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Privacy rules carve out lets Singapore businesses promote related products to existing customers

Businesses operating in Singapore can send marketing messages to customers that have registered to be listed on a new 'Do Not Call' (DNC) Registry under certain circumstances, the country's data protection watchdog has said.

From 2 January businesses operating in Singapore have been generally prohibited from sending marketing messages to individuals whose telephone numbers are included on a new DNC Registry.

Businesses are required to consult the Registry before sending such messages and face fines if they send messages to those who have asked not to be contacted. Only if they have received the "clear and unambiguous consent" of individuals listed on the Registry to the sending of marketing messages is that activity legitimate.

However, a new exemption allows businesses to send either text or fax messages to promote "related products and services" to individuals they have an "ongoing relationship" with, without having to consult the new Registry first.

"A bank or credit card company, for example, would be able to send its existing credit card holders telemarketing messages about related services, such as a rewards programme for credit card holders," the Personal Data Protection Commission (PDPC) of Singapore said in a statement. "As the exemption order does not apply to voice calls, organisations are still required to check against the DNC Registry before making telemarketing calls to promote related products and services."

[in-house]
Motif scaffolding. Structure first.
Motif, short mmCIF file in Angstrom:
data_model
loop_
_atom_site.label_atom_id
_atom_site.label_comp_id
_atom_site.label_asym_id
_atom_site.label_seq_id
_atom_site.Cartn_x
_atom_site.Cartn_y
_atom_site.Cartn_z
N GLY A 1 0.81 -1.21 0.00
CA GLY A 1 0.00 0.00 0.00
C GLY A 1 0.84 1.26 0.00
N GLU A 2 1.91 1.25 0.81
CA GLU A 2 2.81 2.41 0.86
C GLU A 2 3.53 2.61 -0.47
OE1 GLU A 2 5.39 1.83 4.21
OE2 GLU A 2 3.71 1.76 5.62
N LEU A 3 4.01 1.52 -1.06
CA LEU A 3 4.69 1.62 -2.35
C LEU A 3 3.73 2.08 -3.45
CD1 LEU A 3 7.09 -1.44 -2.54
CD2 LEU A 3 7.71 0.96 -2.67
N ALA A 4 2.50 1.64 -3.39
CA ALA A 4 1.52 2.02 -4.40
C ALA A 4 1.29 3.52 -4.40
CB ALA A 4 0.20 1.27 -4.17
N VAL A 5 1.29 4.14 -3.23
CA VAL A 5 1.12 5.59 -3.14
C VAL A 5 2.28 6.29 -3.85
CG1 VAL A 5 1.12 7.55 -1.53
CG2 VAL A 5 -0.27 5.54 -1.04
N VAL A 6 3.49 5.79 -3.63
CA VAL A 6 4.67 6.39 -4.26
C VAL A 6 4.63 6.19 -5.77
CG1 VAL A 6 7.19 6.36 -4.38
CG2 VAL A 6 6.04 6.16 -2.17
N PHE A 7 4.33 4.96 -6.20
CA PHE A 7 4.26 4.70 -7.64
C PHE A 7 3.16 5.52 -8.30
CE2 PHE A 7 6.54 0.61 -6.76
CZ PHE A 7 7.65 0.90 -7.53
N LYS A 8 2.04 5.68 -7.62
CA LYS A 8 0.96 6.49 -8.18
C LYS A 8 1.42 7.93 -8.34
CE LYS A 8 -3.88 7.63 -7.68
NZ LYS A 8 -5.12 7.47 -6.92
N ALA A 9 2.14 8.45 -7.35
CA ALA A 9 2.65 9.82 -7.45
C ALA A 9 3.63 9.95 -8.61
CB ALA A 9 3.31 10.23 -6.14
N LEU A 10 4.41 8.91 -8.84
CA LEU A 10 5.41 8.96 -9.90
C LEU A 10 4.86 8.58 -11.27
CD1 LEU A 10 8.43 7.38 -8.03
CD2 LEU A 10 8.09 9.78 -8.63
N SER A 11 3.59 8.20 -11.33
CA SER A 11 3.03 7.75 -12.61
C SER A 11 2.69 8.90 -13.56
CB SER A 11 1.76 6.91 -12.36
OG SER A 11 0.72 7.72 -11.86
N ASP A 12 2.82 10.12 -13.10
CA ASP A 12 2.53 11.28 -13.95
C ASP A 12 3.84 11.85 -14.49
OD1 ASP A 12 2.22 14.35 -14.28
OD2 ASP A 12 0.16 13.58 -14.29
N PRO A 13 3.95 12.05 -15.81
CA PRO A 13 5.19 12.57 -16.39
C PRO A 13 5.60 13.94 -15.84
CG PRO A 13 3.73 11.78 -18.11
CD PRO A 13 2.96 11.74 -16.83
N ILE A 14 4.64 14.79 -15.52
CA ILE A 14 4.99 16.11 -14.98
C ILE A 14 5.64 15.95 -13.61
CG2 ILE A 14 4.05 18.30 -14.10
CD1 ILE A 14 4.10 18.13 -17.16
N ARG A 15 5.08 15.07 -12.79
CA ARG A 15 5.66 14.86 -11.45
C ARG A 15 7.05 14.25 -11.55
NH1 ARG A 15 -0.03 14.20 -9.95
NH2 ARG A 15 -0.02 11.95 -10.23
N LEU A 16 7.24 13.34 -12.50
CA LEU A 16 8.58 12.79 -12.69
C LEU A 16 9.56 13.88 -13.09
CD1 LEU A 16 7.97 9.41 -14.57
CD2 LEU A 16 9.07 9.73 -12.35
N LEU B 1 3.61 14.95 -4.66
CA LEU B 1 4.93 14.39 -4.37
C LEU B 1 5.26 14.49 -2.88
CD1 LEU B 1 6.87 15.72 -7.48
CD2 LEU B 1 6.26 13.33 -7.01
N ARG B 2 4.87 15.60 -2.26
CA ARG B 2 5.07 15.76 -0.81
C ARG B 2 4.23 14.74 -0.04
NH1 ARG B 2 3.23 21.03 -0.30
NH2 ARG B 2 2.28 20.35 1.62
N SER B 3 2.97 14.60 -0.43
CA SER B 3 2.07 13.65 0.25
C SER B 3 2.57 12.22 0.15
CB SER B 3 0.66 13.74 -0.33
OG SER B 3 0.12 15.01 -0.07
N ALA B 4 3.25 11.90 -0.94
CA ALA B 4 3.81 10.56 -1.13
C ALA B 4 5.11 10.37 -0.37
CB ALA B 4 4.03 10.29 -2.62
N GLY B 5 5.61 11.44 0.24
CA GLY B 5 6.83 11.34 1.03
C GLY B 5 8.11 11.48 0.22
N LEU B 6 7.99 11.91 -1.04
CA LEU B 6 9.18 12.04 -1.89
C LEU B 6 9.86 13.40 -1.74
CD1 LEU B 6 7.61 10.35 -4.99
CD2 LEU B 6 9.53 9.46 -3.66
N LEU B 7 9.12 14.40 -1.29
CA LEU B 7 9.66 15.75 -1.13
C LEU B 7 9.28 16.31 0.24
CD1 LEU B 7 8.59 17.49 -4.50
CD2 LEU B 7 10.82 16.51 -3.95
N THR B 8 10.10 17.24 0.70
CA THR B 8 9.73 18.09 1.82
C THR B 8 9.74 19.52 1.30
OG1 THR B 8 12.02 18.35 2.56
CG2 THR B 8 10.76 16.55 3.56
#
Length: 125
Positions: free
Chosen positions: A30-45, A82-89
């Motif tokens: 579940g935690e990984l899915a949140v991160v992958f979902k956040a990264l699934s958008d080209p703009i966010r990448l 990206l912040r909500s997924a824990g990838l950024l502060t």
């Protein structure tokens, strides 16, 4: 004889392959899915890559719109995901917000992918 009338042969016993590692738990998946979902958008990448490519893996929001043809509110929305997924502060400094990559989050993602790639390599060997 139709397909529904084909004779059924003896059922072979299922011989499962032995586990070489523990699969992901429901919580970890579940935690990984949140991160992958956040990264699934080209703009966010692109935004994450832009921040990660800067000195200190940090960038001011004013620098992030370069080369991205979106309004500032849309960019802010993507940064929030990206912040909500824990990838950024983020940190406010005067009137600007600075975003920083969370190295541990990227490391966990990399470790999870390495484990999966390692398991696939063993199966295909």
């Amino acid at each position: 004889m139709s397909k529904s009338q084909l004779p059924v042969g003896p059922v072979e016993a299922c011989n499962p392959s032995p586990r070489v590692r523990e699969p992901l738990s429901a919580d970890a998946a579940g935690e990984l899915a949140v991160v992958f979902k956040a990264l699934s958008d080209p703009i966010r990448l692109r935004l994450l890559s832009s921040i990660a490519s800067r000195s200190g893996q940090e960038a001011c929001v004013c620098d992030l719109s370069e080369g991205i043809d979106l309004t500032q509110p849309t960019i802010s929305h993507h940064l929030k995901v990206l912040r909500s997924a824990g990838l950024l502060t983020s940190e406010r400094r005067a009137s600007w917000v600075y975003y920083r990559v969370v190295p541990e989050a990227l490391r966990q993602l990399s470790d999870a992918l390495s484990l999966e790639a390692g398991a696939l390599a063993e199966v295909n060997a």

The PDPC said some businesses had asked for the exemption to be made to the new rules on the basis that customers would expect to receive messages promoting related products and services, even if they were included on the DNC Registry.

"To rely on the exemption, organisations are required to provide information in their messages on how consumers can opt out of such messages, and allow consumers to opt out using the same medium by which the message is received," the regulator said. "Upon receiving an individual’s opt-out request, organisations must stop sending such messages to that individual within a specified timeframe."

The establishment of a new DNC Registry was a feature of new data protection rules finalised in Singapore last year. The Personal Data Protection Act (PDPA) has partially come into effect but the full framework will not be in force until 2 July this year.

The PDPC has issued new guidance (44-page / 278KB PDF) on how to comply with the new DNC Registry rules.

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